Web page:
NEC VT800


The first up is the the new NEC VT800 which I thought was interesting as it is a network-ready video projector for around $1,000. Apparently the Ethernet port just manages the device... Too bad -- I thought for sure you could run presentations over your LAN with this nifty addition.

Hopefully this will change in the future and NEC will see fit to have this or a future device IP communications enabled so you could have one way video presentations from remote locations.

More from PCMAG and engadget

Steve Ballmer

Steve Ballmer is in the news and shares his views that Google is the company they need to beat and how he will do everything in his power to catch the search leader.













White House E-mail Controversy

March 5, 2008

I just came across this summary of the White House missing e-mail fiasco and I am pretty blown away at just how out of touch Washington is with technology. I knew that this administration was tech-phobic when Dick Cheney was asked as a Vice Presidential Candidate what Napster was and he didn't know. And this was back when Napster was the "hot" software on the web.

Of course then there is President Bush saying he uses "The Google."

Before I get hate mail, I should say that I am a registered Republican (will that get me even more hate mail these days? )

Although I didn't read the entire article as it is voluminous, I did get a chance to see that the White House's IT practices border on the insane... Archiving via PST files that are ten times larger than is recommended is not smart.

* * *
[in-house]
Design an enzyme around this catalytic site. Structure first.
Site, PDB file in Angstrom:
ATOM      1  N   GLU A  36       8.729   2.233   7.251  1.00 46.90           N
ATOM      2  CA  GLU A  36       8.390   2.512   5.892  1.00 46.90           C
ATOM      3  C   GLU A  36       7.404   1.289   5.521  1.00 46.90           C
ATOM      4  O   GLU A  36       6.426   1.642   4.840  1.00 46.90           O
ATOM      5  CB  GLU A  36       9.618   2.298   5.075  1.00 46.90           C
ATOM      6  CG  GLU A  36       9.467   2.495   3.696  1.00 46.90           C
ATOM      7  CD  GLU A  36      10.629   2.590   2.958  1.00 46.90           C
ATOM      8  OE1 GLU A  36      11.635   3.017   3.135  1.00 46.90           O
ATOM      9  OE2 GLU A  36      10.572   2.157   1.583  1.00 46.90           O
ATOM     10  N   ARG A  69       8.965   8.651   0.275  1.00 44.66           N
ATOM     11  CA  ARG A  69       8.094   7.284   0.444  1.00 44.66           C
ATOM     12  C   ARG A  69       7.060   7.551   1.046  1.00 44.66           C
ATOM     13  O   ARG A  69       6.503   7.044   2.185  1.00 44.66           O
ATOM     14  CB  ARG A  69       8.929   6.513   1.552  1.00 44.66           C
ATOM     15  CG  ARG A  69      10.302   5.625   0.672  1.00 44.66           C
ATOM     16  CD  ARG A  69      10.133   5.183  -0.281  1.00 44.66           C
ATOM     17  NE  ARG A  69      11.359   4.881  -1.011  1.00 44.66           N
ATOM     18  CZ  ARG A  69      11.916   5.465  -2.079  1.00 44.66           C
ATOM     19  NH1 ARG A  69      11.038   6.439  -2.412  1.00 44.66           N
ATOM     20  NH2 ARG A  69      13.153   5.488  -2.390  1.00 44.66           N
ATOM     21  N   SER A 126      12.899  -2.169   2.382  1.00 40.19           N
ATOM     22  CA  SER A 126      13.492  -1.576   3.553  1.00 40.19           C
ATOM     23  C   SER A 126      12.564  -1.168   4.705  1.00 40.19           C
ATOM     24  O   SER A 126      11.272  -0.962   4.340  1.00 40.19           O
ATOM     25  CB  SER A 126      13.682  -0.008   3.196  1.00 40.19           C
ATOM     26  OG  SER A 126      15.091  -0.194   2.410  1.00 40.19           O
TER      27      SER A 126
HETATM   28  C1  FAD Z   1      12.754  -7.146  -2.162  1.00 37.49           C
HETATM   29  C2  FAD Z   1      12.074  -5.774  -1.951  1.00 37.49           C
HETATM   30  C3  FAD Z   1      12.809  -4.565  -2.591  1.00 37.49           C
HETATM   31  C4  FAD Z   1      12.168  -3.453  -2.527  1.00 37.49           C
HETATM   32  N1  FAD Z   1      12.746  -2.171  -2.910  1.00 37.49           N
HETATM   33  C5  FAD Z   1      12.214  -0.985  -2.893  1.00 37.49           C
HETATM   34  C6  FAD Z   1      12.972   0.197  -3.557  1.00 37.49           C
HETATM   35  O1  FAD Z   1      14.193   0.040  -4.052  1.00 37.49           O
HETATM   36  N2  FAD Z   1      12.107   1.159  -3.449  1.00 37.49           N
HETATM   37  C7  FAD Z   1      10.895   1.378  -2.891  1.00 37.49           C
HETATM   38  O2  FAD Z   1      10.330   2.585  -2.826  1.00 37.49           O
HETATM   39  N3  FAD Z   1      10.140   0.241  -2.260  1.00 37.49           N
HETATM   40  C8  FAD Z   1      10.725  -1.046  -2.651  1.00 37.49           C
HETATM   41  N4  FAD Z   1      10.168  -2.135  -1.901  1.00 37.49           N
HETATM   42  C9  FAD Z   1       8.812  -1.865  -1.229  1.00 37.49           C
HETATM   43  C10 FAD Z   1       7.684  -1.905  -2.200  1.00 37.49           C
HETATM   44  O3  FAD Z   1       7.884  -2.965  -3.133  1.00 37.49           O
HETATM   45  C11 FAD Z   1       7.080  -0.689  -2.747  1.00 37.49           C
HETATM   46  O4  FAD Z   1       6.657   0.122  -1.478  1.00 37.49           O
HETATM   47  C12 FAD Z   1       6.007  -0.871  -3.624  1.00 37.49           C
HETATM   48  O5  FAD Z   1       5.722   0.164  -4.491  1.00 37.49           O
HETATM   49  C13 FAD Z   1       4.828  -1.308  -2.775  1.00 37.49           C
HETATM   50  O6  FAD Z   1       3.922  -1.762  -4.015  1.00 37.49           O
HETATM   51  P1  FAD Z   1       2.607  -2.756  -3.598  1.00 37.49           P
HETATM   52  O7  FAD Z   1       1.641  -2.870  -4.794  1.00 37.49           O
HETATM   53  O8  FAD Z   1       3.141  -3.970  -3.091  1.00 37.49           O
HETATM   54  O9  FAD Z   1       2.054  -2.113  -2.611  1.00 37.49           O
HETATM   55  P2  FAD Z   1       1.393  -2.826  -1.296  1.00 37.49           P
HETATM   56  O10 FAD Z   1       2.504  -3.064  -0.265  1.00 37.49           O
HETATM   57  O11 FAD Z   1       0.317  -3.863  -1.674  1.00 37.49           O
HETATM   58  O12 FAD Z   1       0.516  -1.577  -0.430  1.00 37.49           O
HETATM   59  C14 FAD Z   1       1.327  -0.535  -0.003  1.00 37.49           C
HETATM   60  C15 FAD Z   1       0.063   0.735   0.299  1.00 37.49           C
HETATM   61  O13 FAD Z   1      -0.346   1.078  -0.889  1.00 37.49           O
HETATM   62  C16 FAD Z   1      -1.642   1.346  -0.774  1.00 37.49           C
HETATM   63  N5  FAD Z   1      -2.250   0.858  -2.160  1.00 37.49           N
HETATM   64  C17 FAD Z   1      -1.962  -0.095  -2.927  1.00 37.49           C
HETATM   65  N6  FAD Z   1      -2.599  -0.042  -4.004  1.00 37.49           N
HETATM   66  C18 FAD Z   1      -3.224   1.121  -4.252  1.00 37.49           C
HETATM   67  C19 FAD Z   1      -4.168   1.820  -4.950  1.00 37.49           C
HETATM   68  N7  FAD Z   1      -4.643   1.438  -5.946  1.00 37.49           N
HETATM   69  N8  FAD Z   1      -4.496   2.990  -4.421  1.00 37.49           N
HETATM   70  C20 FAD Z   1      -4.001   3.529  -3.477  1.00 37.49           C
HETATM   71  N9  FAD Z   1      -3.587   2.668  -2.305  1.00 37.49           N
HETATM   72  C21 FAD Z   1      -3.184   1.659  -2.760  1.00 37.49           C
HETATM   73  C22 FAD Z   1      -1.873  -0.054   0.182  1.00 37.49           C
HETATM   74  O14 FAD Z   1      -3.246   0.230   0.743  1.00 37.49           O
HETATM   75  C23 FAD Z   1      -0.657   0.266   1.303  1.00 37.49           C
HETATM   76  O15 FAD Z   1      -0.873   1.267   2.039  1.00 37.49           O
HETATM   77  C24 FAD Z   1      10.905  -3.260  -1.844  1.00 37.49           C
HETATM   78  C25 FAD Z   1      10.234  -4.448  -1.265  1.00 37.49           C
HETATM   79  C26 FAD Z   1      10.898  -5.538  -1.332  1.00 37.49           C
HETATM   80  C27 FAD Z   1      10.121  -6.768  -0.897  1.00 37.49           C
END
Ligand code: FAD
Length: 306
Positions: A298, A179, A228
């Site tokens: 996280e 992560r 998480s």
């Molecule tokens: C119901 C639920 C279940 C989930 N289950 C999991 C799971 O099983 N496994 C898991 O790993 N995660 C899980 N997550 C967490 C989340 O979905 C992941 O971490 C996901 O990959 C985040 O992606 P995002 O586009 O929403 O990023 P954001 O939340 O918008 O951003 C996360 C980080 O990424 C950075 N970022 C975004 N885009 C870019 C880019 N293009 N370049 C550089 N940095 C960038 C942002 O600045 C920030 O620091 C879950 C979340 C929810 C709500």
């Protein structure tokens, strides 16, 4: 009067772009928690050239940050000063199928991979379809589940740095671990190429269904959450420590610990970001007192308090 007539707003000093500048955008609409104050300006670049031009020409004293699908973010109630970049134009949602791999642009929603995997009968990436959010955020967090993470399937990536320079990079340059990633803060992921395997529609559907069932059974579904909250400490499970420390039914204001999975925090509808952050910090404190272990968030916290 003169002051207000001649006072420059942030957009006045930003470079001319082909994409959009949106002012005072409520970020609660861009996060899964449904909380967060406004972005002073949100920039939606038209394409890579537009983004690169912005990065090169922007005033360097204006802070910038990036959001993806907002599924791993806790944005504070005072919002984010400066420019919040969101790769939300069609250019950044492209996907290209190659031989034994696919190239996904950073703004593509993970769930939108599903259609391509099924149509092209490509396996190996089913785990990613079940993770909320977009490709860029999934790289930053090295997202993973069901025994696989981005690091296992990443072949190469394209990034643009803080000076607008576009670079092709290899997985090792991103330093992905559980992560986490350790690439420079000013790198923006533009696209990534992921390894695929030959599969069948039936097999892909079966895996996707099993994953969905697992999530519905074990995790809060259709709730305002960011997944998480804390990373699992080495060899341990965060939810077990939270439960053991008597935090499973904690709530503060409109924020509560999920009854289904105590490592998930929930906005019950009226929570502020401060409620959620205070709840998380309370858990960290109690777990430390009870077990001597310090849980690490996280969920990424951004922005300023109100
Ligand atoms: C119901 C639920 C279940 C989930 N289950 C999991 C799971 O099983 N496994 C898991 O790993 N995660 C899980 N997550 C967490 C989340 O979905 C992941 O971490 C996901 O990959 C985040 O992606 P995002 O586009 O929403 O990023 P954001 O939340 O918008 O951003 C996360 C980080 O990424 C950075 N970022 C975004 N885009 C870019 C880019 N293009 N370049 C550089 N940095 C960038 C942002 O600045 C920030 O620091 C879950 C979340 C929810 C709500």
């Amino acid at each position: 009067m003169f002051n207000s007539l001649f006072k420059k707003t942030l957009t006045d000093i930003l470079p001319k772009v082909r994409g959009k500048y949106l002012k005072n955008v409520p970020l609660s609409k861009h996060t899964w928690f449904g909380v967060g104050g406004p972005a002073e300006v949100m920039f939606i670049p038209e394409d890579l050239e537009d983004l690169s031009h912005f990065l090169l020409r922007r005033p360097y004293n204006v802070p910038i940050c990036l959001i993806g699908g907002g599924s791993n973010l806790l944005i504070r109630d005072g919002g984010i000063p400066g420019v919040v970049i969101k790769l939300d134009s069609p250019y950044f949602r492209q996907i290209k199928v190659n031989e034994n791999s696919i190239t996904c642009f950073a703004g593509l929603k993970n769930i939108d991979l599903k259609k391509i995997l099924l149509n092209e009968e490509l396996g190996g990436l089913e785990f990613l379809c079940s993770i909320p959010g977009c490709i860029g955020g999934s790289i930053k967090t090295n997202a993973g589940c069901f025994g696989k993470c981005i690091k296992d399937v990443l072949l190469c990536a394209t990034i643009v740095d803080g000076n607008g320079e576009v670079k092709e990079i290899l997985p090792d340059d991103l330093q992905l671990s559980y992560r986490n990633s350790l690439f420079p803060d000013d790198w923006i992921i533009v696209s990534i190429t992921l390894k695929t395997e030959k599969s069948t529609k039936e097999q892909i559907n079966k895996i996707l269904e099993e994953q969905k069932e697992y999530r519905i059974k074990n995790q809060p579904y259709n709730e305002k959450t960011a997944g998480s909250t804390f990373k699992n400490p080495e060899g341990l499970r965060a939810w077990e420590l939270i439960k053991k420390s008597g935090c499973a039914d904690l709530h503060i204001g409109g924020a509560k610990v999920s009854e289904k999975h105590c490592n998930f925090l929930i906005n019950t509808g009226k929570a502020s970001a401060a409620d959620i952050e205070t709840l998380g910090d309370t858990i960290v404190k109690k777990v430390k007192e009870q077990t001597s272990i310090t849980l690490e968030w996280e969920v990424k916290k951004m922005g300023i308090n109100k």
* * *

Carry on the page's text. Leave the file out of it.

They also seem to not know how much technology actually costs or perhaps vendors charge our government ten times more than they charge other companies.







AT&T's Bullish Investment

March 5, 2008


AT&T is making a major telecom investment in many areas of its business. The telecom giant cites the explosion of high-speed networks, data consuming devices and the move to IP as the reason for this investment.

The money is being spent to become a larger global player as well as a big provider of utility computing services.

Where will the company be spending money?

  • Subsea Fiber: Expect the company to expand capacity to area of the world experiencing economic growth such as Asia and the Middle East.
  • MPLS Routers: The company will add a number of these throughout the world in order to ensure there is proper capacity in areas of rapid business growth.
  • Metro Ethernet: The company will invest in a manner which allows it to have such services available in 39 countries.
  • DSL: Investments will allow AT&T to provide this service in 21 countries.
  • Data Center Increase: AT&T will add 180,000 square feet of global capacity by mid 2009 throughout its 28 data centers.
  • Unified Communications: Integrating and developing recently acquired Interwise - a web conferencing company into AT&T's network.
  • Expanding Audio Conferencing: Expect IP-based conferencing in more than 140 countries with native language support.

Here is my analysis of this news:

As AT&T gets more involved in the utility computing market, I expect them to butt heads with Sun, Amazon and Google. Google is a past foe - Amazon and Sun are new ones.

While a year ago the cable companies were eating the lunch of AT&T and Verizon, there has been a rapid about-face in the market which has been fueled by the wireless arms of both LECS, IPTV and well as international expansion.

I believe the cable companies will have to do something soon to be able to compete effectively in emerging markets.

In all, this news is fantastic for the telecom market as AT&T is spending 33 percent more than last year and double what they spent in 2006.

It will be great to see these investments allow AT&T to can overseas and whether it can compete effectively against other utility computing players in the market.

















Steve Jobs Can be Proud ;-)

March 4, 2008